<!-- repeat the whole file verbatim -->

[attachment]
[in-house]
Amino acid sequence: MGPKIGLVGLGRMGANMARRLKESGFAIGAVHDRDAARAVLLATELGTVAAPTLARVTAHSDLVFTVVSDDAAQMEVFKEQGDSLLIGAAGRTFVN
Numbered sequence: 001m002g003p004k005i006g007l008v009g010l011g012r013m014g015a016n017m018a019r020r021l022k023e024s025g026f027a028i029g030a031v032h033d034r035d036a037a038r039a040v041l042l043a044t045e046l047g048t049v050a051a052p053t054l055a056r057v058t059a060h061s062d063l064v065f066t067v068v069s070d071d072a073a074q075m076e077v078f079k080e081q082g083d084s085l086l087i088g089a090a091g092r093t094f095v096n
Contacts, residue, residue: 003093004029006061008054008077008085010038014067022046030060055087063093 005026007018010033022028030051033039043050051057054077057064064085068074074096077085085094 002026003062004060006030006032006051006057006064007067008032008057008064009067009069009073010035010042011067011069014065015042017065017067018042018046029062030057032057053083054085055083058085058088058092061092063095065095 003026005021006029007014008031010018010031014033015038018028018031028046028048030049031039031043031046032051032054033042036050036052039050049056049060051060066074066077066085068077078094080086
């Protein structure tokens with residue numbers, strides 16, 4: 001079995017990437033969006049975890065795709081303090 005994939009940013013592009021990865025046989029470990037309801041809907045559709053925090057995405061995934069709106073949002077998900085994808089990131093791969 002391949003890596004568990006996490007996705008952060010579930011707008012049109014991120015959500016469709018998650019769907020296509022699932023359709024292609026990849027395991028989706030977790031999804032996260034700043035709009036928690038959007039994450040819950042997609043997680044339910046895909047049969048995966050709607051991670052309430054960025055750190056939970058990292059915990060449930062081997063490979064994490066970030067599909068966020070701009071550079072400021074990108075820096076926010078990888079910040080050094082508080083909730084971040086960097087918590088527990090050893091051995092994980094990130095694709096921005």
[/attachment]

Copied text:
[in-house]
Amino acid sequence: MGPKIGLVGLGRMGANMARRLKESGFAIGAVHDRDAARAVLLATELGTVAAPTLARVTAHSDLVFTVVSDDAAQMEVFKEQGDSLLIGAAGRTFVN
Numbered sequence: 001m002g003p004k005i006g007l008v009g010l011g012r013m014g015a016n017m018a019r020r021l022k023e024s025g026f027a028i029g030a031v032h033d034r035d036a037a038r039a040v041l042l043a044t045e046l047g048t049v050a051a052p053t054l055a056r057v058t059a060h061s062d063l064v065f066t067v068v069s070d071d072a073a074q075m076e077v078f079k080e081q082g083d084s085l086l087i088g089a090a091g092r093t094f095v096n
Contacts, residue, residue: 003093004029006061008054008077008085010038014067022046030060055087063093 005026007018010033022028030051033039043050051057054077057064064085068074074096077085085094 002026003062004060006030006032006051006057006064007067008032008057008064009067009069009073010035010042011067011069014065015042017065017067018042018046029062030057032057053083054085055083058085058088058092061092063095065095 003026005021006029007014008031010018010031014033015038018028018031028046028048030049031039031043031046032051032054033042036050036052039050049056049060051060066074066077066085068077078094080086
């Protein structure tokens with residue numbers, strides 16, 4: 001079995017990437033969006049975890065795709081303090 005994939009940013013592009021990865025046989029470990037309801041809907045559709053925090057995405061995934069709106073949002077998900085994808089990131093791969 002391949003890596004568990006996490007996705008952060010579930011707008012049109014991120015959500016469709018998650019769907020296509022699932023359709024292609026990849027395991028989706030977790031999804032996260034700043035709009036928690038959007039994450040819950042997609043997680044339910046895909047049969048995966050709607051991670052309430054960025055750190056939970058990292059915990060449930062081997063490979064994490066970030067599909068966020070701009071550079072400021074990108075820096076926010078990888079910040080050094082508080083909730084971040086960097087918590088527990090050893091051995092994980094990130095694709096921005």